02 Nov A simple clue to finding ideal clients
Wouldn’t it be great if we could choose the clients to work with, finding our ideal clients?
Well, I’ve realized that, in some ways, we do have this opportunity.
I’ve observed my situation: what I look for in an ideal client is similar to what the same client looks for in an ideal collaborator.
When I buy from others, I’m always positively impressed by politeness, honesty, reliability, respect and punctuality. These qualities affect my choice. And in most cases, my choice proves to be right.
As a VA, I’m a service provider. As such, I love to collaborate with clients who show politeness, honesty, reliability, respect and punctuality.
And if you ask my clients, guess what are the qualities they say I possess?
Politeness, honesty, reliability, respect and punctuality.
See? It’s all connected.
To understand how to attract our ideal clients, we should observe ourselves first.
Whether we realise it or not, the qualities we appreciate in others are essentially the qualities we possess ourselves. That is something to keep in mind when it comes to marketing and promoting ourselves.
The skills and the solutions we offer are very important, of course, but people like to do business with people. They relate to people. We shouldn’t walk away from our personality. Let’s show ourselves for who we are. Our most satisfied clients and supporters will be the ones who will identify with us. They will like and trust us, and will probably want to work with us even if our rates are higher than our competitors’.
In the early stages of a new business, we just need to work, gain experience, earn enough to keep the lights on. We have to start at the bottom, not much choice here. Whatever sort of clients come our way, we happily and gratefully start to work with them. We put all our effort, commitment, passion into what we do for all our clients.
Then, after a while we realize which business relationships are worth it. There are clients we really love to work with. We collaborate, grow together, giving useful suggestions to each other. Oh, it feels so good! It doesn’t even feel like “working”. But some clients, well… some are more difficult than others. Sometimes it’s worth it. Sometimes not.
Let’s take the virtual assistance industry, for example. There are so many VAs around the globe, with every imaginable skill set. Some of us have the same skills. What differentiates us? This is what I asked myself in the beginning. Everyone kept repeating: we are all unique. But to me it was just a vague idea.
But now I understand. It’s our personality, our mindset, how we communicate and collaborate. Sometimes the solutions we offer are the same as our competitors’. It’s the way we offer them that differentiates us.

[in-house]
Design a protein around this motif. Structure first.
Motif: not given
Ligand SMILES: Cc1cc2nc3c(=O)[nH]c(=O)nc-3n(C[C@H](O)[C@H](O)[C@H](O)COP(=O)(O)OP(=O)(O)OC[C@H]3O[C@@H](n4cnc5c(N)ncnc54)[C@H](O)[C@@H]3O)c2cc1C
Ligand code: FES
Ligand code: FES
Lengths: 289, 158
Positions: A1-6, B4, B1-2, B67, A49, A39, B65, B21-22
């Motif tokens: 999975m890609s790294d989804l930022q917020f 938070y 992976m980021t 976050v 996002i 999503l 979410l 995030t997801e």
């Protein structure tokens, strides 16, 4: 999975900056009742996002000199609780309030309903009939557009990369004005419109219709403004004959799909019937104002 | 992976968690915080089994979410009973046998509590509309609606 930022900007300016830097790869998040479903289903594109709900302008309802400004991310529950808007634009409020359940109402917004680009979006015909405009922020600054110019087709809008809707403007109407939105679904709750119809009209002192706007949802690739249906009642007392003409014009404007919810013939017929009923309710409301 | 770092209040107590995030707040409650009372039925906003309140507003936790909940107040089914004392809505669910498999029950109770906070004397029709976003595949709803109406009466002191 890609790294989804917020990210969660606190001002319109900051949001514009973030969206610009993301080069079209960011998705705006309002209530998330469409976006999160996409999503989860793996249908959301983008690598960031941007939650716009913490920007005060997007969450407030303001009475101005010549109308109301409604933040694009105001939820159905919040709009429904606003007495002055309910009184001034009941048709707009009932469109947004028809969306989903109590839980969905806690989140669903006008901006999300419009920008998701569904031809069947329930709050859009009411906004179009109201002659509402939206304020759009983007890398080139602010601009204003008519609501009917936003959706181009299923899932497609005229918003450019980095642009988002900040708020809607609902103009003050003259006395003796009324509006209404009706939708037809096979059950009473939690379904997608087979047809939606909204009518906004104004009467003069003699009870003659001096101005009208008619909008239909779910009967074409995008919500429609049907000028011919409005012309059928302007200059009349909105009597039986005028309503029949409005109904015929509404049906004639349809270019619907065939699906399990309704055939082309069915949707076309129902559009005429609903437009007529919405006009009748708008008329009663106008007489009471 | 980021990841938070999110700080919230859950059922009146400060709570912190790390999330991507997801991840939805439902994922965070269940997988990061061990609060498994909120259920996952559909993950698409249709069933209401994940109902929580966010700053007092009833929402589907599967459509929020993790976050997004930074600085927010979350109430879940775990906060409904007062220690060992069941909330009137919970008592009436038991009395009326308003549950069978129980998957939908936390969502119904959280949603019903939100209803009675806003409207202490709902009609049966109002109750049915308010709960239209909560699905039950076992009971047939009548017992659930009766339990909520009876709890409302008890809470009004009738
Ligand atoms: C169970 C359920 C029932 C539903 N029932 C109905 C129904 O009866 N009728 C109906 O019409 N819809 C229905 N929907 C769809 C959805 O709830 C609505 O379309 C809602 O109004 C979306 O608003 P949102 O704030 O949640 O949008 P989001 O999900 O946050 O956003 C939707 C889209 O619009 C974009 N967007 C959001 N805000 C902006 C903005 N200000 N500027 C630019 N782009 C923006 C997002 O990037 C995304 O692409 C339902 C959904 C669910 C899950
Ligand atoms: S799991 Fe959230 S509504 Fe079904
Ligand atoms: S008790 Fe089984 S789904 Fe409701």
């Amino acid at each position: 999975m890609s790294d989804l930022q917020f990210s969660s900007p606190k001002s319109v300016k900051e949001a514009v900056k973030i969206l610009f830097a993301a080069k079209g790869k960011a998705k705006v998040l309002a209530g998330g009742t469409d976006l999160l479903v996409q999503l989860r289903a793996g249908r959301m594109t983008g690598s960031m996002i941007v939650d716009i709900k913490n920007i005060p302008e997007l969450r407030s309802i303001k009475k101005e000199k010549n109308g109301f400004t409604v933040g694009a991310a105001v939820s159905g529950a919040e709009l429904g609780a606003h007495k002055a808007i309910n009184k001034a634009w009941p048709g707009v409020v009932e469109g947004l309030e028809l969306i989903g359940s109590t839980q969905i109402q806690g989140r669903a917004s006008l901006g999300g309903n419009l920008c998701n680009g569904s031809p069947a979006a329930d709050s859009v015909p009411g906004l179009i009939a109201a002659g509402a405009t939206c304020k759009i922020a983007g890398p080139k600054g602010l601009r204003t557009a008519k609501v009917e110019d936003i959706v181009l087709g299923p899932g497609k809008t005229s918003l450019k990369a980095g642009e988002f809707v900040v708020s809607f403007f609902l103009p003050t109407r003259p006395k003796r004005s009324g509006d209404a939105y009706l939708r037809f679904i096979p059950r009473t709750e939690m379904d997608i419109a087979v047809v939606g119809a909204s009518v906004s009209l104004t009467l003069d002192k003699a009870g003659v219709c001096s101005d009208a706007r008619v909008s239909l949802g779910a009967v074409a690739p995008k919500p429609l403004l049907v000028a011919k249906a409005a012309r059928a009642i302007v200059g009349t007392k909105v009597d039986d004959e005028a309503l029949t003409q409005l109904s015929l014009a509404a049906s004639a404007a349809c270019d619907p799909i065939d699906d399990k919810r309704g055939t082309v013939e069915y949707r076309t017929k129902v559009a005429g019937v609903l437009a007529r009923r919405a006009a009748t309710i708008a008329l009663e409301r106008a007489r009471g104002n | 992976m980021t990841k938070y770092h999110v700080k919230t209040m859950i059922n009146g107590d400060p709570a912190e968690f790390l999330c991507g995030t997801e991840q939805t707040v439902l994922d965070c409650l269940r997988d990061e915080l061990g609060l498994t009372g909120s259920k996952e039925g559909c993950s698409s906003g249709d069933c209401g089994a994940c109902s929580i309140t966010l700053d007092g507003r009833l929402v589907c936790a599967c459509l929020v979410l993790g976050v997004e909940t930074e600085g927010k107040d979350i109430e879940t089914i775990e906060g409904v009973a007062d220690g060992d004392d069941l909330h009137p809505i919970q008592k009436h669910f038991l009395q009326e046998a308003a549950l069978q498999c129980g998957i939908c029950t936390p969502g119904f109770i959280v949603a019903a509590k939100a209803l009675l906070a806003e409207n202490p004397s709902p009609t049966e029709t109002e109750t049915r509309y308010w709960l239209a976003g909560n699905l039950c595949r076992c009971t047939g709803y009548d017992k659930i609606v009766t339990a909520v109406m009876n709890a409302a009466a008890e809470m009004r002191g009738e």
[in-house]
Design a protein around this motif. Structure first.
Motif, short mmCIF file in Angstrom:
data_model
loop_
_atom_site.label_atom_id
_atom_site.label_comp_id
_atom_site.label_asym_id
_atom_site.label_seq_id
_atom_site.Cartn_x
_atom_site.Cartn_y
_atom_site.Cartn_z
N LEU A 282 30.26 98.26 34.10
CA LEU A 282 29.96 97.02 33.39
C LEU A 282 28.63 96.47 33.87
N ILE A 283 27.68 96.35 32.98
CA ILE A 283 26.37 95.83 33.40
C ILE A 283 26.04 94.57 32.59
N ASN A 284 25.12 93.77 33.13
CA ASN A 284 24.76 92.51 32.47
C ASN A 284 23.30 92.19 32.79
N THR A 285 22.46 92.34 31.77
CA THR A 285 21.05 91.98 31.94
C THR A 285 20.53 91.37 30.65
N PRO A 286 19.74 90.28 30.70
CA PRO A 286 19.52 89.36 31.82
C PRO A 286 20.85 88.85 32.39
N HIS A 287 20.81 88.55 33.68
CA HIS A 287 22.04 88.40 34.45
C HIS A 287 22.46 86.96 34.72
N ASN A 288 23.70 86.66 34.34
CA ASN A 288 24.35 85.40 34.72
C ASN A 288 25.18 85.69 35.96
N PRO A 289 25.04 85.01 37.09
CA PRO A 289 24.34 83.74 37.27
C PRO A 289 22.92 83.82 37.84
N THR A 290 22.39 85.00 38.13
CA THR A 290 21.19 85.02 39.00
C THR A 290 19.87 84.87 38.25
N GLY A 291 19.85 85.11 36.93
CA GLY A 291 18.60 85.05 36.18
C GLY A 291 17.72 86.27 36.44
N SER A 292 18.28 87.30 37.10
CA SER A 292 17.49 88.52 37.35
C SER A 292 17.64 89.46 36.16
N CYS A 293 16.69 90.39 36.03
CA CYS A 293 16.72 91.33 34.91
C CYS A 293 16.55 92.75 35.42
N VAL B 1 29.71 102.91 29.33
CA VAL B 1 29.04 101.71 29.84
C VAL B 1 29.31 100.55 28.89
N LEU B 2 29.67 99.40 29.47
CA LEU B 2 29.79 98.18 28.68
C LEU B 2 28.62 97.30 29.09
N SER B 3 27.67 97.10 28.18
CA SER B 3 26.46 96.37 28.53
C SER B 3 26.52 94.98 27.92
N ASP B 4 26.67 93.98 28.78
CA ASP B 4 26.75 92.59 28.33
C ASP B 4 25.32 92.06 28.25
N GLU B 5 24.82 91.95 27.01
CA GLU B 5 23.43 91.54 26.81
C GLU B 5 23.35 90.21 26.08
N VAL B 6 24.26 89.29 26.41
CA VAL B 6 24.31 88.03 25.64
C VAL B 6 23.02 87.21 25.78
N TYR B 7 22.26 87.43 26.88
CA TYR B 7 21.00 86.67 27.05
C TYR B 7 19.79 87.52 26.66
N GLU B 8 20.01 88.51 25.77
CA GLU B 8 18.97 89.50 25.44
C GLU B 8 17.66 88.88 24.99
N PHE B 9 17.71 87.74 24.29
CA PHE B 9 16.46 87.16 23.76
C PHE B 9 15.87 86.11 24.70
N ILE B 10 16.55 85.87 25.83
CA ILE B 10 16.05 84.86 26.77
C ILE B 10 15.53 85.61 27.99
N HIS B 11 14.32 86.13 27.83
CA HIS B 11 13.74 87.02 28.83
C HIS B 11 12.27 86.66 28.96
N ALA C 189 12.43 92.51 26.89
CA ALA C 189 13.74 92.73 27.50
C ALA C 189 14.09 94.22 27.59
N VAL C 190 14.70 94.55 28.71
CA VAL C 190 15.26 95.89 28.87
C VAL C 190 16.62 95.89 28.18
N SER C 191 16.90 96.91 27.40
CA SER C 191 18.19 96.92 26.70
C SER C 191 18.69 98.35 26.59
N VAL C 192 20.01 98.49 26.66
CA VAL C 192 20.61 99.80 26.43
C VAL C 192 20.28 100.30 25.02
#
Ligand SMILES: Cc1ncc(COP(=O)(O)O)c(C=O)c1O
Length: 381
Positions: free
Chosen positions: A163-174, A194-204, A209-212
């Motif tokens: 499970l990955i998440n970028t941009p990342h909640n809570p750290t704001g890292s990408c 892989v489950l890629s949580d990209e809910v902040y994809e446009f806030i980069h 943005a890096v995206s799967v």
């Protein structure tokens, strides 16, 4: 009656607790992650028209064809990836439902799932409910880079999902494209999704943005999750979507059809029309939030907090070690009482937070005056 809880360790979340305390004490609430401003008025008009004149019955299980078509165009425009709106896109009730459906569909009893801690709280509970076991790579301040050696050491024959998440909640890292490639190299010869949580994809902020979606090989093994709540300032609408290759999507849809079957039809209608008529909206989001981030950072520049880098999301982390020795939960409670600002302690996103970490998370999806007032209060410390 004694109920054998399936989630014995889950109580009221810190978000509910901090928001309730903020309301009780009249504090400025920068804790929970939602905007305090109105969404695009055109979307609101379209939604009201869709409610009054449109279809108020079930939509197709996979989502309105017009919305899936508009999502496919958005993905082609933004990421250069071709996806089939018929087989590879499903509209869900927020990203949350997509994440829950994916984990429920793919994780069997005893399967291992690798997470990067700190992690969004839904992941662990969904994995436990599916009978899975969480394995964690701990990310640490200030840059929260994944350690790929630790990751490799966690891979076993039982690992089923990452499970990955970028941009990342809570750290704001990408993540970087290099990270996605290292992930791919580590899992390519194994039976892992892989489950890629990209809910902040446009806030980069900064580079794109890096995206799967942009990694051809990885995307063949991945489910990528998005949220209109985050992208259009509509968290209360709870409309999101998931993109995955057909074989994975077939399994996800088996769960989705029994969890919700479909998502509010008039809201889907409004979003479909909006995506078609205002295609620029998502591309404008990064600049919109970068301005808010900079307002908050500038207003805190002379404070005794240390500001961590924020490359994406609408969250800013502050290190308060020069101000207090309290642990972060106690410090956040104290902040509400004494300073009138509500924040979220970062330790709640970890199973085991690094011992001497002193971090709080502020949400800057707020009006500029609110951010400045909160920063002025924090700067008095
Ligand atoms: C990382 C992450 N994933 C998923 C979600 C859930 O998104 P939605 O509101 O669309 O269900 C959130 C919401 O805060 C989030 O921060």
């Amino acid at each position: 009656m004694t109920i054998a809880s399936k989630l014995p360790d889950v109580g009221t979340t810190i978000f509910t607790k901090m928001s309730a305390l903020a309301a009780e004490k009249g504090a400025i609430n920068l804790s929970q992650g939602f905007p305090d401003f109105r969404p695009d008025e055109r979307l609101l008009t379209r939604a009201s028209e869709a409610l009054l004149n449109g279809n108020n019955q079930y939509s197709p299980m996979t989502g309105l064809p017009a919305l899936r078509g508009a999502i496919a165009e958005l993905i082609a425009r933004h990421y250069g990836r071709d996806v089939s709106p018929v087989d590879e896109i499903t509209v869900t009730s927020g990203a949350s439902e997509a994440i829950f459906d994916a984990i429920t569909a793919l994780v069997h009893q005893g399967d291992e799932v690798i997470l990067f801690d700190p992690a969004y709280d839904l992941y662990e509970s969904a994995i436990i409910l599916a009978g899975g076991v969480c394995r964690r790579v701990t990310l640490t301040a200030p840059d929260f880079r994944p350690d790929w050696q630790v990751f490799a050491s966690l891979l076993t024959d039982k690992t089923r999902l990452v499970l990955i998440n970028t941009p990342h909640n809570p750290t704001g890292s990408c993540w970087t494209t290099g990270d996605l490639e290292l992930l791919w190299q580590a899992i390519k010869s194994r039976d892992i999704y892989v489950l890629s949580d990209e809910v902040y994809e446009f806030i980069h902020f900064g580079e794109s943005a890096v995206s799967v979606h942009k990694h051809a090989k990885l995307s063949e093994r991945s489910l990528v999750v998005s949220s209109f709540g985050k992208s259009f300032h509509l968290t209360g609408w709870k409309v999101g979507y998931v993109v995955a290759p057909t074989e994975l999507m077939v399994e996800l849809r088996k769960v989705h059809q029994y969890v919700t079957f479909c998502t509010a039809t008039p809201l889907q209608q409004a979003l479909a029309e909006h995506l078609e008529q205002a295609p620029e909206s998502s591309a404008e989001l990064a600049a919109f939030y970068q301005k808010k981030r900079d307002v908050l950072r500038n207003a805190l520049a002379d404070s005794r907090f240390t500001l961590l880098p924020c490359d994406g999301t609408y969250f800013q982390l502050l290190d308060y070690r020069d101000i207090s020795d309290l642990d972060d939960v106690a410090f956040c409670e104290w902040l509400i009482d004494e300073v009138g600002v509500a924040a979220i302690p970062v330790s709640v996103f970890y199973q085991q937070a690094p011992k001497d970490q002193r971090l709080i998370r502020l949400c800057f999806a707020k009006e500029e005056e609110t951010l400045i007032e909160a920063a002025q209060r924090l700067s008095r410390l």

Just a quick example: a new client asks his new VA to assess the newsletter he’s been sending out in the last few months. Here are two replies, from two different VAs:
- VA #1: Your newsletter is a mess, it really stinks. I will change the layout completely, and get rid of that awful contact button. I can design a new, much better one.
- VA #2: I’ve checked your newsletter. We could certainly make some improvements. I will show you some examples of different layouts so that we can work on your favourite one. I will also show you some options regarding the contact button.
Which VA would you like to work with? They offer the same solutions.
They just communicate differently. Neither of them is wrong. There will be people who prefer a direct, straightforward approach like #1, and others who will feel more comfortable with a softer #2 approach.
Again, there’s no right or wrong. In business relationships (and in life too), you will subconsciously be attracted by the people you identify with. These are the foundations for rewarding, long-lasting relationships.
If you are direct and straightforward, maybe your clients love to work with you because they are direct, straightforward people, and that’s how they like to communicate. Probably your website/blog content and social media activity reflect those qualities, attracting clients who share the same qualities.
If you prefer to work with people who have a softer approach, then your content should reflect it. By doing this you will probably appeal to that type of client.
This doesn’t mean you will always find ideal clients (too good to be true!) but you’ll see that in the majority of cases, the most rewarding and long-term relationships will be the ones with ideal clients. The other clients will come and go.
Let’s keep that in mind when developing our promotion strategy. That’s where our efforts should lead, showing our uniqueness to attract our ideal clients’ attention.
What do you think about it? Have you defined your ideal client?